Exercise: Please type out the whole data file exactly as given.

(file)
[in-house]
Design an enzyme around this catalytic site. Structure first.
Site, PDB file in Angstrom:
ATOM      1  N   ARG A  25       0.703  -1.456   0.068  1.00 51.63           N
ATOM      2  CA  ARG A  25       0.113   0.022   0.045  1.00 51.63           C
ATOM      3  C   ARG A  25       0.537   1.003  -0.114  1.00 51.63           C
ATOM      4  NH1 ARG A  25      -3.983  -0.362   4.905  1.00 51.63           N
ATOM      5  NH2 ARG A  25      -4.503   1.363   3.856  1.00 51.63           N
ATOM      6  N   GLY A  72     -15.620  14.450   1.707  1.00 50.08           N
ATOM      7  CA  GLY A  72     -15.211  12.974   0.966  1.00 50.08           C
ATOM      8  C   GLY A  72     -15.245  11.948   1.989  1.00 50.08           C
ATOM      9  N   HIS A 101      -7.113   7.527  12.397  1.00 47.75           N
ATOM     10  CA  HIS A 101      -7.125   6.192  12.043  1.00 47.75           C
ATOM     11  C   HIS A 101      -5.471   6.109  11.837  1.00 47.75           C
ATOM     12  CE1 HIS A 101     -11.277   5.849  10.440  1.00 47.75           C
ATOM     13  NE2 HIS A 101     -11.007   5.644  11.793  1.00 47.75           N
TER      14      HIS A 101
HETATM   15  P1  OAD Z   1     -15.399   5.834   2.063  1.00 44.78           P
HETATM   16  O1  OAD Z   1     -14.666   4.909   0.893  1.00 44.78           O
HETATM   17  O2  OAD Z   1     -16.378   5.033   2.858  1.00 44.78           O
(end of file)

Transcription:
[in-house]
Design an enzyme around this catalytic site. Structure first.
Site, PDB file in Angstrom:
ATOM      1  N   ARG A  25       0.703  -1.456   0.068  1.00 51.63           N
ATOM      2  CA  ARG A  25       0.113   0.022   0.045  1.00 51.63           C
ATOM      3  C   ARG A  25       0.537   1.003  -0.114  1.00 51.63           C
ATOM      4  NH1 ARG A  25      -3.983  -0.362   4.905  1.00 51.63           N
ATOM      5  NH2 ARG A  25      -4.503   1.363   3.856  1.00 51.63           N
ATOM      6  N   GLY A  72     -15.620  14.450   1.707  1.00 50.08           N
ATOM      7  CA  GLY A  72     -15.211  12.974   0.966  1.00 50.08           C
ATOM      8  C   GLY A  72     -15.245  11.948   1.989  1.00 50.08           C
ATOM      9  N   HIS A 101      -7.113   7.527  12.397  1.00 47.75           N
ATOM     10  CA  HIS A 101      -7.125   6.192  12.043  1.00 47.75           C
ATOM     11  C   HIS A 101      -5.471   6.109  11.837  1.00 47.75           C
ATOM     12  CE1 HIS A 101     -11.277   5.849  10.440  1.00 47.75           C
ATOM     13  NE2 HIS A 101     -11.007   5.644  11.793  1.00 47.75           N
TER      14      HIS A 101
HETATM   15  P1  OAD Z   1     -15.399   5.834   2.063  1.00 44.78           P
HETATM   16  O1  OAD Z   1     -14.666   4.909   0.893  1.00 44.78           O
HETATM   17  O2  OAD Z   1     -16.378   5.033   2.858  1.00 44.78           O